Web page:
If this pair (or any others) spawn in the wildlife pond it will have a greater chance of becoming tadpoles, I’m especially happy because our wildlife pond is less than a year old. We decided to add an additional small pond to our garden not long after moving here, our  intention being to offer the already present frog and newt community a safe place to reproduce successfully.

Have you spotted any spawn where you are? Take part in this years Big Spawn Count and record your findings, the more people counting, the better the information to help provide more of an insight into the amorous lives of toads and frogs.

Anyone can take part in the Big Spawn Count by going to their garden or school pond, and counting the number of spawn present. You can print the form to help you complete the survey, please enter the results on-line afterwards.

http://www.freshwaterhabitats.org.uk/projects/big-spawn-count/

I’ll be watching, will you?

The Big Allotment Challenge

allotment shed

Silver River Productions, a TV company based in London are currently in production for a BBC2 primetime gardening show ‘The Big Allotment Challenge’. The series follows a handful of talented amateur kitchen gardeners as they transform a plot of earth into a patch of beauty and reveal all the wonderful possibilities that can be unlocked from allotment growing. Kitchen gardening and growing your own produce is an amazing way to live and this series celebrates that.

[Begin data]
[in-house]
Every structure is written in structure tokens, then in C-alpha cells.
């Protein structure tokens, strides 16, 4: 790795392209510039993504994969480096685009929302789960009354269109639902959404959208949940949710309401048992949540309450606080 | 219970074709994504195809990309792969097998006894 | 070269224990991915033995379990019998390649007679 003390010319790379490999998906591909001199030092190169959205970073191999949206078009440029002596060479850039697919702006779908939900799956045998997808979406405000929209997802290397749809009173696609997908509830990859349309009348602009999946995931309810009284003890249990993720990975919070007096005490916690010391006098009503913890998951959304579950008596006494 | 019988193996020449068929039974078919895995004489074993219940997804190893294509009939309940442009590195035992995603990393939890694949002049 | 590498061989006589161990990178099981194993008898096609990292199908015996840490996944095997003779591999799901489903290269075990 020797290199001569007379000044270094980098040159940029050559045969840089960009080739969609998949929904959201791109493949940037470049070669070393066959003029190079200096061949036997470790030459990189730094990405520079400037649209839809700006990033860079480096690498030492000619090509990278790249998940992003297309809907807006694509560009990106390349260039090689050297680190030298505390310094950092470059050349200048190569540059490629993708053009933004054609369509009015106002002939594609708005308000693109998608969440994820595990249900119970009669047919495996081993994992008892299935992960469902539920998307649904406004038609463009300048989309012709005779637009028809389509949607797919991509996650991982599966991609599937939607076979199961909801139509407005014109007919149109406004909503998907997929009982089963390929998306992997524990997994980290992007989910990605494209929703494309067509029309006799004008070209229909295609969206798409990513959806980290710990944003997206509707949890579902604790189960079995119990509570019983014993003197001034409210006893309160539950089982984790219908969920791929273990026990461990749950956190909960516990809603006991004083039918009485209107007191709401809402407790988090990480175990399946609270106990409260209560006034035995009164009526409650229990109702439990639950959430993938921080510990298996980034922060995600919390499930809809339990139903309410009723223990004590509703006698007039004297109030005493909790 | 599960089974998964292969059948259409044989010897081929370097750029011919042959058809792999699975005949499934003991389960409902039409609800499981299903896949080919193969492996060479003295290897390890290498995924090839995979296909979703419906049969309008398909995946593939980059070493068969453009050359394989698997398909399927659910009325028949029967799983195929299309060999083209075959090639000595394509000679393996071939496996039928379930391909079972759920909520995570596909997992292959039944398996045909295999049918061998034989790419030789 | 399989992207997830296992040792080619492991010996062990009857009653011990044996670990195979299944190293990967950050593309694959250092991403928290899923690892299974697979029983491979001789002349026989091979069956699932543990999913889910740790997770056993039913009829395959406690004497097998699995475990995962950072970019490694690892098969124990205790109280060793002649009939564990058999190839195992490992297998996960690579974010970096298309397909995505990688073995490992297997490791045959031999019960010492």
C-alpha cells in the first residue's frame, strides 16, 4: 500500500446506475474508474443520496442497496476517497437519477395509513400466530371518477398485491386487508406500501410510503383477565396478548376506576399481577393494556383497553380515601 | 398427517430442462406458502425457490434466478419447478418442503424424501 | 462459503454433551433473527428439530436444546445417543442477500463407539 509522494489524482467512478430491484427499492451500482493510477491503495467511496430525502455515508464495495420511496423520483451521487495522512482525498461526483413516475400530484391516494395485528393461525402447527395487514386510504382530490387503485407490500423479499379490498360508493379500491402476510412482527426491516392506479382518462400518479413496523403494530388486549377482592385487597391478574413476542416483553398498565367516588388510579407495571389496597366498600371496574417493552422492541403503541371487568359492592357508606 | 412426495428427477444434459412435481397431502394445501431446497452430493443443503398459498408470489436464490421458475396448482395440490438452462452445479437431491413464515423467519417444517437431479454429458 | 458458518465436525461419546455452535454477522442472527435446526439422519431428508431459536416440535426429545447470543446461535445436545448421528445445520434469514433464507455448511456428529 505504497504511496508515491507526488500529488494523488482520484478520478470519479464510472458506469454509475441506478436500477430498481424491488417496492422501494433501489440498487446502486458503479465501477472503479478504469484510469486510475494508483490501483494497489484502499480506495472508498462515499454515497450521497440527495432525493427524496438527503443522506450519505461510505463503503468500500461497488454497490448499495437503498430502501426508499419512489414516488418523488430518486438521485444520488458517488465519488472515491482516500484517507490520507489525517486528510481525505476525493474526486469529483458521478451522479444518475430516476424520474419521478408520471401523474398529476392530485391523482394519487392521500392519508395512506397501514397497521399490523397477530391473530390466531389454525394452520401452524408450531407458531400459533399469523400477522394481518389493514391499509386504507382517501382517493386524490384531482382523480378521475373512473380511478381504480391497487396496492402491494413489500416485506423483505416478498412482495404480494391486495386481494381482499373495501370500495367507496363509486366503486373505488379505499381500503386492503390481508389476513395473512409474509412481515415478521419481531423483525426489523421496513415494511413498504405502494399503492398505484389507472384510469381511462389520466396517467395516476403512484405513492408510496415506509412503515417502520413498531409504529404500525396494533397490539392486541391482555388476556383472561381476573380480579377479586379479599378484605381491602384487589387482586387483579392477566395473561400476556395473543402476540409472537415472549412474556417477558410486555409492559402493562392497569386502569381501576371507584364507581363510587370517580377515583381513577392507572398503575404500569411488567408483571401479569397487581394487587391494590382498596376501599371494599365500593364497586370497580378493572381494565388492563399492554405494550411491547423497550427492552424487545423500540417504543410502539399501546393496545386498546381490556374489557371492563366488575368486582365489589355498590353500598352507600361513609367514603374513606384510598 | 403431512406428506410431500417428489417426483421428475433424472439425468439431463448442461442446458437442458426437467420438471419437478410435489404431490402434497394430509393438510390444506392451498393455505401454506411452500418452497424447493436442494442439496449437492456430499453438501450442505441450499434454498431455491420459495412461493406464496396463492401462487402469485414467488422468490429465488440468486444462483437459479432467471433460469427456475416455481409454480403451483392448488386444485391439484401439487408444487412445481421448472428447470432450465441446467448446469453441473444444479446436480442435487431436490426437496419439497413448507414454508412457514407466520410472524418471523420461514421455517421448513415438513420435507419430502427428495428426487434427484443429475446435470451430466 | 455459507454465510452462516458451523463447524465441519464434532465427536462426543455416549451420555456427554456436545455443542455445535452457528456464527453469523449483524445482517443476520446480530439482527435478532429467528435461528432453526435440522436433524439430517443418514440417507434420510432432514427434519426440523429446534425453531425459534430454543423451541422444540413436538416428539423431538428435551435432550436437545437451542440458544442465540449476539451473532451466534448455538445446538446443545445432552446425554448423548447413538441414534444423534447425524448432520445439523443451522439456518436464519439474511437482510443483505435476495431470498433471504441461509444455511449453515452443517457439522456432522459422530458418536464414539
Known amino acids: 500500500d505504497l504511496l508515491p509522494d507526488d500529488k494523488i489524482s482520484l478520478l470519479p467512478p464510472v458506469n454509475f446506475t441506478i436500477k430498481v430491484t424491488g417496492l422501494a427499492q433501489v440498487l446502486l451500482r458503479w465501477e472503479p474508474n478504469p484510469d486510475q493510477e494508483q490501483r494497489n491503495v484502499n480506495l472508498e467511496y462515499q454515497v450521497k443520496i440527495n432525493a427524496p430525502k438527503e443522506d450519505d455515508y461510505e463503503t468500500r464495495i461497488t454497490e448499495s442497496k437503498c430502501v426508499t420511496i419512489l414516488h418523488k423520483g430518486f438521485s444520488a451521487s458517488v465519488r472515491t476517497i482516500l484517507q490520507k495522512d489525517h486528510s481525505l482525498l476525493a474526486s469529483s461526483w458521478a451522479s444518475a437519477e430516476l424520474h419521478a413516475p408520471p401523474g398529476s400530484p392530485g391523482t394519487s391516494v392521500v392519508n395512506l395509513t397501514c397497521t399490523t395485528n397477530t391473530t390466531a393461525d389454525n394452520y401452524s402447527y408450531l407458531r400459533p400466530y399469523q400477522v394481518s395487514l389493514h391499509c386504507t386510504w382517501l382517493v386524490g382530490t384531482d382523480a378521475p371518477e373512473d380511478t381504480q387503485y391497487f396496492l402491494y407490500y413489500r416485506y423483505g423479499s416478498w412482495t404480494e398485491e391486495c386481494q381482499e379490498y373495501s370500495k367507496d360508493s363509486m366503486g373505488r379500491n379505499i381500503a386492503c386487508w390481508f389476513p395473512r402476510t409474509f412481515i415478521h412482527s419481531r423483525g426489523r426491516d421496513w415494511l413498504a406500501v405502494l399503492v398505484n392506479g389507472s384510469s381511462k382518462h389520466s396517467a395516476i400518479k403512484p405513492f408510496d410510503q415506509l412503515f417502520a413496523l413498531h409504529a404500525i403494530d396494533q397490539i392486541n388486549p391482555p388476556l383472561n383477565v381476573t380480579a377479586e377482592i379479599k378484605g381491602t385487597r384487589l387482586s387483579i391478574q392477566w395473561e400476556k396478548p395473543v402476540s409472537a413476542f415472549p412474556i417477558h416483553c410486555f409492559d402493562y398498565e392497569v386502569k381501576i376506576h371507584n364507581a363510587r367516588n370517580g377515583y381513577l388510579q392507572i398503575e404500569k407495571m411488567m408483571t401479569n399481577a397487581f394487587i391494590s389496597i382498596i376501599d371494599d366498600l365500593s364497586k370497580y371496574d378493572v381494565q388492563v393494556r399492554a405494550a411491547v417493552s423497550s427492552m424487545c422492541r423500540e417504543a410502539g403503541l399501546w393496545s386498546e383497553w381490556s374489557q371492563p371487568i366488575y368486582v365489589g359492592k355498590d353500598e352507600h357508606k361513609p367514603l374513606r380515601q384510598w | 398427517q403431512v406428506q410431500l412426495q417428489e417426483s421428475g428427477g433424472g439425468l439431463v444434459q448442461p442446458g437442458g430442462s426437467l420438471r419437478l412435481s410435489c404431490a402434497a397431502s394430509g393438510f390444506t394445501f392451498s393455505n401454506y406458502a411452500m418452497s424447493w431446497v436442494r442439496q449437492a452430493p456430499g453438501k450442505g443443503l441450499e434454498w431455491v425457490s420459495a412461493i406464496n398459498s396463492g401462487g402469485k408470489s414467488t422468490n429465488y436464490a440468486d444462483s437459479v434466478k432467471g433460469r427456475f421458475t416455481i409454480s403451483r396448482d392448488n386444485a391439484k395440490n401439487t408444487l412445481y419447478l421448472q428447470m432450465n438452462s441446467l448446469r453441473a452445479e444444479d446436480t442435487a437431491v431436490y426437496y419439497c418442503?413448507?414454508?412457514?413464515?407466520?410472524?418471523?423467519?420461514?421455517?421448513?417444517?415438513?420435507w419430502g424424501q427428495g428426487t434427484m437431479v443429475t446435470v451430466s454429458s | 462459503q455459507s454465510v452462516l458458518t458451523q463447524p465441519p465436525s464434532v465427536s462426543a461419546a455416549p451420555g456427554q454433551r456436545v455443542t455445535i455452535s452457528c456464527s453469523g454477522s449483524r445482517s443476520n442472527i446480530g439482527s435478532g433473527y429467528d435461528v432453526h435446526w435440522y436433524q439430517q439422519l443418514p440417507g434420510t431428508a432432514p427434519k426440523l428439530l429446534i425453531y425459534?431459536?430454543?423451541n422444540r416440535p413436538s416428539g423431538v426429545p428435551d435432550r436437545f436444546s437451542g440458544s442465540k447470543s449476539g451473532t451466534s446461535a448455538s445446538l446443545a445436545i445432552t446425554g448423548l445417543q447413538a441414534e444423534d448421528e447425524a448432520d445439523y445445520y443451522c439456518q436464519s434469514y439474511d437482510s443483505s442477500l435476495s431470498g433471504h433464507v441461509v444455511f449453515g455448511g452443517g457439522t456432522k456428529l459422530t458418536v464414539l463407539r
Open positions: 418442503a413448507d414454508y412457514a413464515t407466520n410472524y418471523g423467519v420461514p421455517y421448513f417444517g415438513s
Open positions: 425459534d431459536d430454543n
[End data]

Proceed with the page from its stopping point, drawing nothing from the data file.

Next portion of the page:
They are looking for contestants to feature in the series, those who have the skill and dedication and who could dig their way to victory and be crowned the winner of The Big Allotment Challenge. People who can cultivate the perfect carrot, make their green tomatoes into award winning chutney and turn their dahlias and sweet peas into floral arrangements fit for a Queen.

So whether you’re an allotment holder, a city living window box grower or a gardening enthusiast, they want to hear from you!

It couldn’t be easier to apply, all you need to do is email grow@silverriver.tv for an application form.

Good luck!

Onion Sets in Module Trays

onion sets planted early

I usually plant my onion sets straight into the ground in spring, covering with a mesh frame to keep the birds off until they’ve sprouted and developed a good root system to anchor them in. I harvest a decent crop but I do get a number of smallish bulbs despite my soil being well nourished.

onions drying

Red onions drying

Today I planted half my onion sets in module trays filled with compost (‘Red Baron’ and ‘Stuttgarter Giant’), growing them on in my unheated greenhouse. The other half will be planted out into the ground, in the usual way. The idea is to give half the sets a bit of a head start, an experiment really.

onion sets planted in module trays

onion sets in module trays

I’m curious to see if this makes any difference to the overall size of bulbs come harvest time, compared to the sets planted straight into the ground a month or so later.

onions

I’ll let you know how I get on.

The Cut Flower Patch: Grow Your Own Cut Flowers All Year Round, Book Release and Blog Giveaway!